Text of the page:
Plans to make it easier to move money around within the EU’s long-run budget, to help tackle urgent challenges such as the migration crisis, strengthening security, boosting growth and creating jobs, were backed by Parliament on Wednesday. MEPs have long fought for greater flexibility within the Multi-annual Financial Framework (MFF), which would apply for the remainder of the 2014-2020 MFF.
“Parliament rightly advocated a revision of the multiannual financial framework to meet the new challenges the European Union is facing. Although our ambition for the extent of the changes was not fully met, we can be pleased with the result. We won the first-ever revision of the MFF, which will guarantee a better budgetary system for the remainder of the current period. We created more space for manoeuvre to respond to new challenges. We also ensured extra budgetary means for some EU programmes and policies: €6 bn will provide additional support for SMEs, research, Erasmus +, to create jobs for young people and to enhance the security of our citizens”, said co-rapporteur Jan Olbrycht (EPP, PL).
“We welcome the revision voted, which provides, inter alia, an additional €1.2 billion to tackle youth unemployment by 2020. It is only a step, but a step in the right direction. However, it should have gone even further, which we will endeavour to do in the future budget negotiations”, said co-rapporteur Isabelle Thomas (S&D, FR).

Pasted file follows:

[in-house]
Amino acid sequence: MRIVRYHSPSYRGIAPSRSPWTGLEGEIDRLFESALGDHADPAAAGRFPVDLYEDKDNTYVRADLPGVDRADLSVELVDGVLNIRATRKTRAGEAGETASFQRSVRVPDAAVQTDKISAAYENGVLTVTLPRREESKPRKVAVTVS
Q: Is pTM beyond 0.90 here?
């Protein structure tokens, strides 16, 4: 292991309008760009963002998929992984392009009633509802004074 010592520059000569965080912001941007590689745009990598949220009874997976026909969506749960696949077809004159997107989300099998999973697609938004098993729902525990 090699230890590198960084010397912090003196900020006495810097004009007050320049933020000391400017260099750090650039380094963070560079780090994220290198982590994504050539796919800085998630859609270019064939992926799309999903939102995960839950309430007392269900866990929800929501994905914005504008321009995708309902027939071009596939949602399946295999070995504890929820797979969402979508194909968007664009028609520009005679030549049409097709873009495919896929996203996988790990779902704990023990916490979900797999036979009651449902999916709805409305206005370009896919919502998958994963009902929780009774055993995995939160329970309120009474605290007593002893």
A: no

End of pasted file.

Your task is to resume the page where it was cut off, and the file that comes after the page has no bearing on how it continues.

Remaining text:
The resulting top-ups, detailed in a joint statement of the European Parliament and the Council, amounting to €6,009 million (15% redeployments, 85% unallocated resources), will be distributed as follows:
€3.9 billion for migration-related measures inside the EU (€2.55bn) and for tackling the root causes of migration externally (€1.39bn);
€2.1 billion for jobs and growth, the bulk of which will boost the Youth Employment Initiative with €1.2bn for 2017-2020. The remaining funds are reserved for transport infrastructure, research programmes, SME support and Erasmus+.
In another adjoining statement by Parliament alone, MEPs made clear, however, that the amounts indicated in the €6bn package are “reference amounts to be examined in the context of the annual budgetary procedure, taking due account of the concrete circumstances of each annual budget”.
A more flexible budget
In essence, the draft regulation amends the MFF regulation of 2013 to strengthen various flexibility provisions and special instruments, which will allow more funds to be shifted more easily between budget chapters and years. The aim is to increase the capacity of the EU budget to address unforeseen events and new priorities, against a backdrop of persistent challenges inside and outside the EU. More information in the background briefing.
The revised MFF still needs to be formally adopted by the Council by a unanimous vote.